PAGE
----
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Tuesday, 15 February 2011

Day sixteen, Monday 14th February, Manaus

It’s Valentine’s Day, my nephews birthday, my bro in laws birthday and my sisters wedding anniversary, (I think) AND we are as far up the Amazon as we are going to get.  Manaus is the largest city and the capital of the Amazon.  It started in 1669 and is home to one of the most famous opera houses in the world.  But we haven’t seen the city bit yet.
As usual, I woke up early, and ended making Peter get up too.  We’d booked ourselves onto the “River Exploration” tour and Peter was made an escort.  This means he didn’t have to pay for his place, but he did have to count heads, carry the first aid kit, dispense hand cleanser at mealtimes and loads of other stuff instead.

Basically the tour goes like this:-

Climb onboard larger riverboat for a 45 min ride to Lake January’s floating pier and market.  Tour guide gives load of info abut the area. (Accents are a bit strong, and sometimes it was hard to understand, but we learnt loads)
At Lake January’s floating pier, get off the boat and spend 20 mins in market trying not to spend loads of money on the local crafts (some of that stuff is awesome!).

Go out of the market and walk along a raised wooden walkway to a giant lily pad pond.  On the way be lucky enough to see a troop of spider monkeys make their way under the walkway and through the forest.  Avoid getting bitten by ants or mosquito’s.  Take hundreds of photo’s including the one of the gorgeous orange flower.  I have no idea what it is.
Return to floating pier and climb into motorised, 10 seater canoes.  Driver and guide will take you on a tour of the small creaks (or igrapes).  From the boat you will see and learn about the homes and lives of the river people (ribeirinhos), floating grass, lily pads, floods and droughts.  You will see great egrets, little birds that look like moorhens and other birds you are going to ask Moss about later.  Mostly you get a feel for what it is like travelling all the time in this way.
When canoe returns to floating pier, climb out and go inside to enjoy the buffet meal provided in the restaurant.  Try 3 different types of fish including the black piranha, also known as the amazon cod.  Absolutely delicious.
Once you have finished your meal, get back on board the river boat which will take you  to the meeting of the rivers, where El Negro, (or the black river), meets the sandy coloured Solimoes (other name for the Amazon river).  The tour guide will explain why the two rivers do not mix (ph value, temperature and river speed apparently).Enjoy the continued, relaxing river boat trip to the Tera Nova Island.  Disembark and walk along another wooden walkway to visit a local Cabocia community.  The tour guide will explain the way of life, show you how rubber is harvested, and then turned from it’s liquid form into big black rubber balls.  (Roast it on a stick, turning constantly, as per woman in picture).  You will also learn about the tapioca root, and how it is harvested and roasted for eating.  Around the village are all sorts of plants and trees.  Chocolate trees, (well, cocoa bean trees anyway), rubber trees, grain fruit trees (not edible) and many more.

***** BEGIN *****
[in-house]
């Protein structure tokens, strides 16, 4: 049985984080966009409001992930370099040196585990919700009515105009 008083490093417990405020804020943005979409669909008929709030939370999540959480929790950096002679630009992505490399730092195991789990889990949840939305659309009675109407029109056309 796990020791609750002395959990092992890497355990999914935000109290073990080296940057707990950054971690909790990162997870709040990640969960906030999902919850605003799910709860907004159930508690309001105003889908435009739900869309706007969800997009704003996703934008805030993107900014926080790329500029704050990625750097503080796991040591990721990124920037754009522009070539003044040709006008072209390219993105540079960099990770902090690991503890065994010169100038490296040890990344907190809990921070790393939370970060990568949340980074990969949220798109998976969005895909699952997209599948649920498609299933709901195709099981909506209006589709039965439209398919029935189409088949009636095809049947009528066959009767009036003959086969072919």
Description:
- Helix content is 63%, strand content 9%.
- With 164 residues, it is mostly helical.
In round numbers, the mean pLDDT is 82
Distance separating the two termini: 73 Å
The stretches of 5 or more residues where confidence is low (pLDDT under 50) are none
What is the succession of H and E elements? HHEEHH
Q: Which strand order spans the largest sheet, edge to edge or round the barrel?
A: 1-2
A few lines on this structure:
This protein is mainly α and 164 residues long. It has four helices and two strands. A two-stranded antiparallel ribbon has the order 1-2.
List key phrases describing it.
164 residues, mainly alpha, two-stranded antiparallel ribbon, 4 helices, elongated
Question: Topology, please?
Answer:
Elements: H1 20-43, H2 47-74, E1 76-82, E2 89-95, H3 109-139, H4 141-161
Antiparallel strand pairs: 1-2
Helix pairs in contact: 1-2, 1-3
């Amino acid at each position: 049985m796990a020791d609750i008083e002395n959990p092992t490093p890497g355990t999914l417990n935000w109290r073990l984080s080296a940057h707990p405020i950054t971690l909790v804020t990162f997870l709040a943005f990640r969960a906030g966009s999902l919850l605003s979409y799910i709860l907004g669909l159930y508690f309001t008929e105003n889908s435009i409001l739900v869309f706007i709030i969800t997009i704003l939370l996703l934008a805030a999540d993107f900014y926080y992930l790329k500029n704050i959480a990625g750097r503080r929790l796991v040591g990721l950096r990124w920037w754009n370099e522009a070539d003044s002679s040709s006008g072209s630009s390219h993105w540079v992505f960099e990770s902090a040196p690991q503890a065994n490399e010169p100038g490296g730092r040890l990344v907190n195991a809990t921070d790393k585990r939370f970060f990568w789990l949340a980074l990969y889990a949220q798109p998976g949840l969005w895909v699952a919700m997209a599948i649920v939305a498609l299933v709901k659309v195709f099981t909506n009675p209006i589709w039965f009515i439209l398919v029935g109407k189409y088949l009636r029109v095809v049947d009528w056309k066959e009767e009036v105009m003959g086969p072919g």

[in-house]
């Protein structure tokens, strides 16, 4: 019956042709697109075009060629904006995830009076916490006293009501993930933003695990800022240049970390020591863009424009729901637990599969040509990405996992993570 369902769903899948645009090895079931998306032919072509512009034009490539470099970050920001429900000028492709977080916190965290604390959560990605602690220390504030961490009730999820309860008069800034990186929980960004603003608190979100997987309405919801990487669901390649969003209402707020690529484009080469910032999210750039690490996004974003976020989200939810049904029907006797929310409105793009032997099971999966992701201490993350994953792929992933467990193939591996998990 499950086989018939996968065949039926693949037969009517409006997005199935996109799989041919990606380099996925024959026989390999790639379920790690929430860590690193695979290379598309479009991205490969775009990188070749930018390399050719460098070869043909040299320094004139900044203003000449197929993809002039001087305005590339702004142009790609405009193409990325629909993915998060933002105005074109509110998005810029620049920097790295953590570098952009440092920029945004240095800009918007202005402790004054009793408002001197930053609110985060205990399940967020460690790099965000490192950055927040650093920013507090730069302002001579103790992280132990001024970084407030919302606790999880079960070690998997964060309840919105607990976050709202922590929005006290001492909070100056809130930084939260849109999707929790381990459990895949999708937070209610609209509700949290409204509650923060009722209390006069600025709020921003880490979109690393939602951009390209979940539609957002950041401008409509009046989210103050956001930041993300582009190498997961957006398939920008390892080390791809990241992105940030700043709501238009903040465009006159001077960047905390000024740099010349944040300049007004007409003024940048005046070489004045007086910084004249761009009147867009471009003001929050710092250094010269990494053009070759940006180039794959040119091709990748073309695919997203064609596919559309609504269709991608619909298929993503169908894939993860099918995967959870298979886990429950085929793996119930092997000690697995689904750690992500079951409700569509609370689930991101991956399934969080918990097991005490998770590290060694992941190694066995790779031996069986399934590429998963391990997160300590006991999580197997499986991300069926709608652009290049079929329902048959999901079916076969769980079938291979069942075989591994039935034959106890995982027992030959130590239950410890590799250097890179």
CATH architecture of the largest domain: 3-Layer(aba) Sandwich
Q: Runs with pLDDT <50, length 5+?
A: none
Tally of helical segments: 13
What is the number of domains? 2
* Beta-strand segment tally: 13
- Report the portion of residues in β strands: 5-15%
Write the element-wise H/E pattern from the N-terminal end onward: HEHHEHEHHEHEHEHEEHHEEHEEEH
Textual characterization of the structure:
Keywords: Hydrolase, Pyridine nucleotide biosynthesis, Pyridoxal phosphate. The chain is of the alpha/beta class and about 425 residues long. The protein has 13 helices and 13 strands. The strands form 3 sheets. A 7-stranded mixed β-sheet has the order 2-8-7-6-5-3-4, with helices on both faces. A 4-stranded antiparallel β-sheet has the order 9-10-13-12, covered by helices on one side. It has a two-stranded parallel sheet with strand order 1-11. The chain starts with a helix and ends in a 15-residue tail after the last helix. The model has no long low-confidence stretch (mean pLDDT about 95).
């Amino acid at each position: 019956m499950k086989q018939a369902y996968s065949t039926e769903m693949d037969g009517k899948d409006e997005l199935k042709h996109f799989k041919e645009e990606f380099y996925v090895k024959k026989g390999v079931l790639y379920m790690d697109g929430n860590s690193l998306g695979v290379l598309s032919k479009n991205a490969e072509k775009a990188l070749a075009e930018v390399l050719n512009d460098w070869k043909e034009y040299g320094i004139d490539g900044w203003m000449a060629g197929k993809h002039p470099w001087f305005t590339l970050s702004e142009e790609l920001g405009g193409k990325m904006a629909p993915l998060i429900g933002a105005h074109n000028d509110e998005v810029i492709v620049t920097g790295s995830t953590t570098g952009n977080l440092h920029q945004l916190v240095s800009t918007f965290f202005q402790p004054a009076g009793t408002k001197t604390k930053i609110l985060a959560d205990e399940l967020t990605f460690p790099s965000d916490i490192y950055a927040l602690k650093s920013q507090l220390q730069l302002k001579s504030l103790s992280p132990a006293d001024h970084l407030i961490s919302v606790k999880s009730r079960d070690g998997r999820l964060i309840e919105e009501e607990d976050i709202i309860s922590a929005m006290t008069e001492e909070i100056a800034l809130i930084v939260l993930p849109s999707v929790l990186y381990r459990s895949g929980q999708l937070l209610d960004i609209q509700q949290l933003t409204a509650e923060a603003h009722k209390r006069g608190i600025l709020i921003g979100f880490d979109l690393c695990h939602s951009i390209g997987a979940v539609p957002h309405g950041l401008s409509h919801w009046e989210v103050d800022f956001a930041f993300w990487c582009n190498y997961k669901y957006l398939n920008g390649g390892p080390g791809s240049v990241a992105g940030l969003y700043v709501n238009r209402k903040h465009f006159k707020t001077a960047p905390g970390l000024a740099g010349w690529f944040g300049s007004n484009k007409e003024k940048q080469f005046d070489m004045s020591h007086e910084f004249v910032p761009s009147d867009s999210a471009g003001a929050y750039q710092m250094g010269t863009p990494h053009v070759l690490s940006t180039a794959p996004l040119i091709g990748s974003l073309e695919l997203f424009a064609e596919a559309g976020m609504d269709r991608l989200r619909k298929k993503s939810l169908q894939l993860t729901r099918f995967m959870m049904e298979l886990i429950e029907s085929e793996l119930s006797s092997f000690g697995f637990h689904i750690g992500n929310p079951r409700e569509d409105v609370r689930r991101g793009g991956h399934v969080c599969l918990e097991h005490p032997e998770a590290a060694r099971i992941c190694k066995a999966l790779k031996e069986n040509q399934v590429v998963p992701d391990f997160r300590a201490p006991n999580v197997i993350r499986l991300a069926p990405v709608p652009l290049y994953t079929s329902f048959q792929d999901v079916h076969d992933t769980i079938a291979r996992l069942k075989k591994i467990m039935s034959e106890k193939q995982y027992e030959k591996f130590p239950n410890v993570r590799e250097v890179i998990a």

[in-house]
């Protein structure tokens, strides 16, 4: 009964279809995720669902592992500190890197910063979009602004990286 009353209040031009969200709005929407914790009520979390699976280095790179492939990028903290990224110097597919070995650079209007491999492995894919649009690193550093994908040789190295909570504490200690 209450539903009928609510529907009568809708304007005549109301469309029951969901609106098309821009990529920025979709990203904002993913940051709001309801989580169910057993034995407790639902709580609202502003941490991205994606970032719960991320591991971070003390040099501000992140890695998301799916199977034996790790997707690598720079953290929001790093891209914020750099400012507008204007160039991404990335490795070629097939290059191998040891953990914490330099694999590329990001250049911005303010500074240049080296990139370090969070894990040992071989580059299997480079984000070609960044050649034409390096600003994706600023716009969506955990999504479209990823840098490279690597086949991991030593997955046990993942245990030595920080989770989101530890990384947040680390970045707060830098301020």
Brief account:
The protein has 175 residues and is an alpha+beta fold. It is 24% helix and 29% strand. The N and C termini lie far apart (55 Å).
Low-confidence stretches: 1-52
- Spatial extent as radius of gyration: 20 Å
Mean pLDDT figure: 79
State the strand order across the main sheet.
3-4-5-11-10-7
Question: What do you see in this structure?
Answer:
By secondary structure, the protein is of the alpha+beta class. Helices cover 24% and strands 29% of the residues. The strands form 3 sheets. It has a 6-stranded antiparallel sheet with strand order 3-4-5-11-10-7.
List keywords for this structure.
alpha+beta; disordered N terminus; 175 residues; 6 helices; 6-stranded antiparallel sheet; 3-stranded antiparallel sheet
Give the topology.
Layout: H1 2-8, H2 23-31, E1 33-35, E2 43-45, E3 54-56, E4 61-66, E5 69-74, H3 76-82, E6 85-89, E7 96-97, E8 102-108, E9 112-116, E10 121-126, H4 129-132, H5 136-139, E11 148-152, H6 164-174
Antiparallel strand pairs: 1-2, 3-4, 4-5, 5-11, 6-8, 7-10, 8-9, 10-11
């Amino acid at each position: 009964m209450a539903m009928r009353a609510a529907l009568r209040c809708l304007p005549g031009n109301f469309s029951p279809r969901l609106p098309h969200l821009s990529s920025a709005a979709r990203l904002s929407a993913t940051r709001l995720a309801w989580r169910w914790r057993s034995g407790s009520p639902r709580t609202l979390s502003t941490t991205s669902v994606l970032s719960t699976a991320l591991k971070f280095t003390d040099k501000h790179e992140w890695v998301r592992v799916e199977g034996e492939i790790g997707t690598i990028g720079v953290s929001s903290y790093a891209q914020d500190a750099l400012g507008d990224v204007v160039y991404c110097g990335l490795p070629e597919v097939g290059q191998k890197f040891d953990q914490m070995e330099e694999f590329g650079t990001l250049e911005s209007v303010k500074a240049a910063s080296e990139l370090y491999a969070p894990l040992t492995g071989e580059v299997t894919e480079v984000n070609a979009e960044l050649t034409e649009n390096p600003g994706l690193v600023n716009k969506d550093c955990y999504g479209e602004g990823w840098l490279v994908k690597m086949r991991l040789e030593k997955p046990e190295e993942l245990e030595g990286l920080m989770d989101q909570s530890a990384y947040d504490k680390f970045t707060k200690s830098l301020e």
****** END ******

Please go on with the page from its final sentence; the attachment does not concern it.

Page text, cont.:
The locals have a large market garden outside the village.  With fish from the river, they have all the food they need.   Notice birds of paradise plants growing freely and take pictures.

Return to riverboat for final hour long trip back to the ship.  Tour guide will point out various features such as the Navy base, and the floating petrol stations, which are wonderfully different. Apparently there are about 60 of them, and we passed them in a big long row, all competing on fuel prices no doubt
Finally get back to ship hot, sweaty, tired and thoroughly satisfied with the experience.
A brilliant day out!

Then tonight, another treat.  Because we are stopping in Manaus another night, this evenings entertainment was “Simetria Norte”, a local show.  Peter’s previous experience of local shows has not been good, therefore we were not sure what to expect, but to be honest, although the beginning of the show did not look promising, it turned out to be quite spectacular, mostly because of the costumes which were incredibly colourful and bright. The routine seemed to be taking us through the various history of dance and entertainment of the country. Unfortunately, they all sang in Portuguese and we couldn’t quite follow the storyline, which was a shame, because it looked interesting.  It ended up as a carnival of glamour and colour on the stage, with the audience being pulled up to join in.  I really enjoyed it.
And that’s all for today folks.  Tomorrow we have another day in Manaus, and me n Peter have tickets to go on a jungle trek, cameras at the ready. 
The adventure continues..................

Manaus visit day 2 2011        Manaus visit day 1 2012     Manaus visit day 2 2012

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